• Discussing the support you require with any potential investor and asking for examples of how they will provide it. 
  • Confirming whether the investor has team members with relevant experience in the areas for which you require support. 
  • Review the investor’s social media presence to see whether they comment offering guidance or advice (indicating a culture of the provision of assistance beyond financial support). 

At this point, it can be helpful to politely explain to your investor that you’d like to perform some measure of due diligence on them – to confirm that you’re the right fit for one another. Most reasonable investors won’t have any issue with this. If they do take issue with this, it may be a red flag indicating that your risk profiles and/or corporate values don’t align.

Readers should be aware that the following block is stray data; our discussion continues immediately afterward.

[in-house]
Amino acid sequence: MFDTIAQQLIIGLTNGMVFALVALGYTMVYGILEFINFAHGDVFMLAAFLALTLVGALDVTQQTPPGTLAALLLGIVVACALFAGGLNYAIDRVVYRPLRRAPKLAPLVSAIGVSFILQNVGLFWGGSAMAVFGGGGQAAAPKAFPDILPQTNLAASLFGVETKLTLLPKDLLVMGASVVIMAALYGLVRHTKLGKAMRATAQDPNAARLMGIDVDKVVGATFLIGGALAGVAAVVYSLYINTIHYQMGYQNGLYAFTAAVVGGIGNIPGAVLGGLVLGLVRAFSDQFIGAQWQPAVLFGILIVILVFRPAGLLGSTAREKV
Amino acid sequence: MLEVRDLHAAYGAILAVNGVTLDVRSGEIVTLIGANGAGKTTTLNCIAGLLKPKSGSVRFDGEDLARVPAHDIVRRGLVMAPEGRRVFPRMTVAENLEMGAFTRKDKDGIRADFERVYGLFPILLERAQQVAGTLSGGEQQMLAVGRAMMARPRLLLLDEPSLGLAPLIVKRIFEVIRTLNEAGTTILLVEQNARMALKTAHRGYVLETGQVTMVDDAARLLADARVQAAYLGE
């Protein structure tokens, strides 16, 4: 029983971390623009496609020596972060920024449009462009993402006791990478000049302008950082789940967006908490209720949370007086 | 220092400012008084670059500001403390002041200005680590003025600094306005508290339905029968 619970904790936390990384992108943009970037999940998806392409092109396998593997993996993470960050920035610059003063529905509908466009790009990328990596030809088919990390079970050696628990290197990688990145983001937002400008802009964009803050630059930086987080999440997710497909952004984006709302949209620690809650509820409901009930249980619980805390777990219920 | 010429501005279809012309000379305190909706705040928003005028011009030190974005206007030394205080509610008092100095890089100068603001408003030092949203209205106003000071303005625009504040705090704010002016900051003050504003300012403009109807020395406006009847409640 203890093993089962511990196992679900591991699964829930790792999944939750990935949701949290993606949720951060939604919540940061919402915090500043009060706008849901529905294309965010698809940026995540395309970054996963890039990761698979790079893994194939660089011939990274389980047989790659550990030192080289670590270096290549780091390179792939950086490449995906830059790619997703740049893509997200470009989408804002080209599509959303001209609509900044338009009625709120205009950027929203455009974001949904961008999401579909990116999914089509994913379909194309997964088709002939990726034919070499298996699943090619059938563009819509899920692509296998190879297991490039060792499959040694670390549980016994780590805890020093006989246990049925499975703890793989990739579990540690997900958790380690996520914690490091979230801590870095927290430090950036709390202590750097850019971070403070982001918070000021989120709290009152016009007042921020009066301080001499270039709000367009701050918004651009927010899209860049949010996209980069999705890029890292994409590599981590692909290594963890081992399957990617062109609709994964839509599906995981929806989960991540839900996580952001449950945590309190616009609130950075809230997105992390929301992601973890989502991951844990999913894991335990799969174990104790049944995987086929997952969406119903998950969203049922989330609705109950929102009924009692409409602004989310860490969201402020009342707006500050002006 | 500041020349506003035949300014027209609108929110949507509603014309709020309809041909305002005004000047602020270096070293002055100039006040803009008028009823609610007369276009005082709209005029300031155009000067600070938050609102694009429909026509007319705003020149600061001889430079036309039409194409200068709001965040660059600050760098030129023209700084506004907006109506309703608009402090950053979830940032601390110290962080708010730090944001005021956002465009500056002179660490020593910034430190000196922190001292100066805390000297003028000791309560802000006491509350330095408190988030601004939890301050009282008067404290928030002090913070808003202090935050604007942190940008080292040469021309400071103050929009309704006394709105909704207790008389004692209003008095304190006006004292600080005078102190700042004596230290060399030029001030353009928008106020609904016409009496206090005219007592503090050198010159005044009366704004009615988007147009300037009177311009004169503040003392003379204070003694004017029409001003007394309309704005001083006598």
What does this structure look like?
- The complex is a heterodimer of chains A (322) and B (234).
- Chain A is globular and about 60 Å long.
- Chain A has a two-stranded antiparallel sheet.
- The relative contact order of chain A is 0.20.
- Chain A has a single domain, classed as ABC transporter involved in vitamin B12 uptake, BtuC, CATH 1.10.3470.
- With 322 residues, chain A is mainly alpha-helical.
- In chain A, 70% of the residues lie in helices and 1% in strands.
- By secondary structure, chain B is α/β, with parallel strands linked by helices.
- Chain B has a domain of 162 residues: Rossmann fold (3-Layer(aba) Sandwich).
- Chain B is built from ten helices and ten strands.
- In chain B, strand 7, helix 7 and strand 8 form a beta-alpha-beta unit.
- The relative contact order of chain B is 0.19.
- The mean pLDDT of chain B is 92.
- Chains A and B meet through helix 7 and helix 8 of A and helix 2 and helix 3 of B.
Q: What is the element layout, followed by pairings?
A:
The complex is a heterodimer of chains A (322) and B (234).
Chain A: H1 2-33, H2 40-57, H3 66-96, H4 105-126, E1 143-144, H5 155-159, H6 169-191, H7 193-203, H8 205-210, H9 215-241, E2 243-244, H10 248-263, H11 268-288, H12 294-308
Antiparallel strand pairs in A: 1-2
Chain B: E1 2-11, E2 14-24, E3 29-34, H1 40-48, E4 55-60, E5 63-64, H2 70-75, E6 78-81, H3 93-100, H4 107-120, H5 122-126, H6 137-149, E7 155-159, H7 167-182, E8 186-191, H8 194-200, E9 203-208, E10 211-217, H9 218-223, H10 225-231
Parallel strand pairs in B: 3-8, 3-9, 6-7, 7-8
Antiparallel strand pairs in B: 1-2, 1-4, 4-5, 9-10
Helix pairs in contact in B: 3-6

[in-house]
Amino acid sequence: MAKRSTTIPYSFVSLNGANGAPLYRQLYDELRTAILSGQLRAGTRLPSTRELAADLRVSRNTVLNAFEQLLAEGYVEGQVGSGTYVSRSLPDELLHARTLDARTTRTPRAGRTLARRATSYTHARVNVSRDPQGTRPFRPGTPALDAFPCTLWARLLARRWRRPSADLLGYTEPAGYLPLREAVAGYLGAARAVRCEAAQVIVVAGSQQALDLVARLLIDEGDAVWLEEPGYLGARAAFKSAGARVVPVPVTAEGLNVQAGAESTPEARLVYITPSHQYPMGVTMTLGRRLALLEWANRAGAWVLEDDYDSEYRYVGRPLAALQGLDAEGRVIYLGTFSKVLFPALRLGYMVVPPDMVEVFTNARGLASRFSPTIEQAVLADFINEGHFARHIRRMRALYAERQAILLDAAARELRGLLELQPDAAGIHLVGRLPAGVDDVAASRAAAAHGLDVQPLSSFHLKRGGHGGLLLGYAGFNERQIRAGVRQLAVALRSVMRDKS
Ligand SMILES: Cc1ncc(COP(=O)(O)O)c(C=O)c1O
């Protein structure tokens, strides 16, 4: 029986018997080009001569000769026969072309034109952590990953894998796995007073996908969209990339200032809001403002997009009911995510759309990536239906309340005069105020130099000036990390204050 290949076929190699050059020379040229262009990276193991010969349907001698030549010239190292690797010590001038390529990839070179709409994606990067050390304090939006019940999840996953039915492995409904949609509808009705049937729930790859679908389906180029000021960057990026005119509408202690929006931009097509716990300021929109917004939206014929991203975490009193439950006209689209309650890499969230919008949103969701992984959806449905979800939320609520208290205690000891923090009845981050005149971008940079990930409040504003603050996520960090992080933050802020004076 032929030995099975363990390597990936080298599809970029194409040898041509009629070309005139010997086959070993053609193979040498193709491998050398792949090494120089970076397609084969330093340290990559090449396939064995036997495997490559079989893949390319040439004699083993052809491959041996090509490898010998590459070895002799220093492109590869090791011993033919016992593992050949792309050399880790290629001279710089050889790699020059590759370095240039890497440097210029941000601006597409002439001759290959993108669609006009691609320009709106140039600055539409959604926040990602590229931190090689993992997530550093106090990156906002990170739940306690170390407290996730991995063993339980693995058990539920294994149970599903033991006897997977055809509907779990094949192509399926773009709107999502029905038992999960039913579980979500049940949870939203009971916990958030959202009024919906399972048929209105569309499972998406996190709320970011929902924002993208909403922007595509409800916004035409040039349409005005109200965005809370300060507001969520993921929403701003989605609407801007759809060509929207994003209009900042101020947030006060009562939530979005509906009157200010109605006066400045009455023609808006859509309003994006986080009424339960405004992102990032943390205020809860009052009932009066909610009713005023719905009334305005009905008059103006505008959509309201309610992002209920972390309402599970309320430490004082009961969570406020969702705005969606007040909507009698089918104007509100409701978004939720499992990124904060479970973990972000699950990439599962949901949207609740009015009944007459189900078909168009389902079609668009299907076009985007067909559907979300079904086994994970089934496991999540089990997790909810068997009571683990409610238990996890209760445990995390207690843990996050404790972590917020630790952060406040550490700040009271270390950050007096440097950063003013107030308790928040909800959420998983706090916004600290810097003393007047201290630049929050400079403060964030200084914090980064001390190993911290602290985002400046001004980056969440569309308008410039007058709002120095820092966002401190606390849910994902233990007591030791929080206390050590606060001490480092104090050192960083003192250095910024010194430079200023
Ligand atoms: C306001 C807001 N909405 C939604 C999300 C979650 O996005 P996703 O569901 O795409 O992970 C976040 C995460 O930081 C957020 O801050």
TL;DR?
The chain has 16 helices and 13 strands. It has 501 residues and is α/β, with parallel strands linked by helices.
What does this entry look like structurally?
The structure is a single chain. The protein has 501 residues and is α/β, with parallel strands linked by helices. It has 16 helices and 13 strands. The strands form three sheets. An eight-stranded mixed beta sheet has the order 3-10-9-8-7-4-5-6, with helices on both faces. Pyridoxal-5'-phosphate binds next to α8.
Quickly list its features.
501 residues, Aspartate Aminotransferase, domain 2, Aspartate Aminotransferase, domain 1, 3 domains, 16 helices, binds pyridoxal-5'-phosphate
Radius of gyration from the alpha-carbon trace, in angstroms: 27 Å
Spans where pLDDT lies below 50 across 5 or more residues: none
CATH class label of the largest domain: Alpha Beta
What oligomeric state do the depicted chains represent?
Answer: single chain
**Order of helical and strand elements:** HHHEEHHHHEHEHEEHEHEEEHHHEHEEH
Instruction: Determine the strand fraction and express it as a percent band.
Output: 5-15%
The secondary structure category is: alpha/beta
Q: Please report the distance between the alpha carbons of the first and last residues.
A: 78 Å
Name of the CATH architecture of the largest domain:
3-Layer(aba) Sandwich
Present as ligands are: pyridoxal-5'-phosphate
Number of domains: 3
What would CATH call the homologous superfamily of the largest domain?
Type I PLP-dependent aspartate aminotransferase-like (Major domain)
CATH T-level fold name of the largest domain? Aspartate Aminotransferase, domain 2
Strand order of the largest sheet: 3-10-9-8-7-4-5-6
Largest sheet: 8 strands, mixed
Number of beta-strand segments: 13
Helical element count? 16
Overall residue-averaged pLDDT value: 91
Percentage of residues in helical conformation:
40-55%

Tip 4: Speak With Founders Who Have Worked With Your Potential Investor.  

Speaking with founders who have worked with your potential investor allows you to essentially perform a reference check on your potential investor. You should ask what it’s like working with the investor, including whether they delivered any additional support they promised and whether conflicts were well managed (if they arose).  


Tip 5: Ask Other Investors (and Connections) About Your Potential Investor’s Reputation. 

If your investor is legitimate and reputable, it’s likely that connections you have within your network and other investors are aware of them and have an opinion about them. You should ask around about your potential investor when performing due diligence on them to ensure that they are reputable (since scam investors do exist).